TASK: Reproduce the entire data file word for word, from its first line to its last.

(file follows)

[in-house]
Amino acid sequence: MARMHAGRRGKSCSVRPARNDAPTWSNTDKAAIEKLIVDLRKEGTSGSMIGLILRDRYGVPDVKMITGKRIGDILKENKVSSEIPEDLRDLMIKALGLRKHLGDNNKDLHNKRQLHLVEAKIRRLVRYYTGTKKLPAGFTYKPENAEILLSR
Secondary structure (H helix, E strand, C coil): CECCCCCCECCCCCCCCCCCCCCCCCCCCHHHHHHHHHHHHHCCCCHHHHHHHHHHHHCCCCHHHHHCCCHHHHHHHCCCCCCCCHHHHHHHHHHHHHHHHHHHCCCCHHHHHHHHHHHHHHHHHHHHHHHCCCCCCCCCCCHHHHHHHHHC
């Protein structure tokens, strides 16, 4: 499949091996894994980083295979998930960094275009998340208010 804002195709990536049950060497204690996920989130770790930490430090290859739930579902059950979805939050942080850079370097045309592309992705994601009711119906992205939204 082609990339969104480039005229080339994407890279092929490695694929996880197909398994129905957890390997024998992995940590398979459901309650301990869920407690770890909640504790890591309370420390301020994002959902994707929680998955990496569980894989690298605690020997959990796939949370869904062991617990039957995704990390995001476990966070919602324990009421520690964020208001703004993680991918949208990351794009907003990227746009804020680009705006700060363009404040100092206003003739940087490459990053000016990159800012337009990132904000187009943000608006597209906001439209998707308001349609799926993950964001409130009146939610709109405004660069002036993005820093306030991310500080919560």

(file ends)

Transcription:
[in-house]
Amino acid sequence: MARMHAGRRGKSCSVRPARNDAPTWSNTDKAAIEKLIVDLRKEGTSGSMIGLILRDRYGVPDVKMITGKRIGDILKENKVSSEIPEDLRDLMIKALGLRKHLGDNNKDLHNKRQLHLVEAKIRRLVRYYTGTKKLPAGFTYKPENAEILLSR
Secondary structure (H helix, E strand, C coil): CECCCCCCECCCCCCCCCCCCCCCCCCCCHHHHHHHHHHHHHCCCCHHHHHHHHHHHHCCCCHHHHHCCCHHHHHHHCCCCCCCCHHHHHHHHHHHHHHHHHHHCCCCHHHHHHHHHHHHHHHHHHHHHHHCCCCCCCCCCCHHHHHHHHHC
């Protein structure tokens, strides 16, 4: 499949091996894994980083295979998930960094275009998340208010 804002195709990536049950060497204690996920989130770790930490430090290859739930579902059950979805939050942080850079370097045309592309992705994601009711119906992205939204 082609990339969104480039005229080339994407890279092929490695694929996880197909398994129905957890390997024998992995940590398979459901309650301990869920407690770890909640504790890591309370420390301020994002959902994707929680998955990496569980894989690298605690020997959990796939949370869904062991617990039957995704990390995001476990966070919602324990009421520690964020208001703004993680991918949208990351794009907003990227746009804020680009705006700060363009404040100092206003003739940087490459990053000016990159800012337009990132904000187009943000608006597209906001439209998707308001349609799926993950964001409130009146939610709109405004660069002036993005820093306030991310500080919560």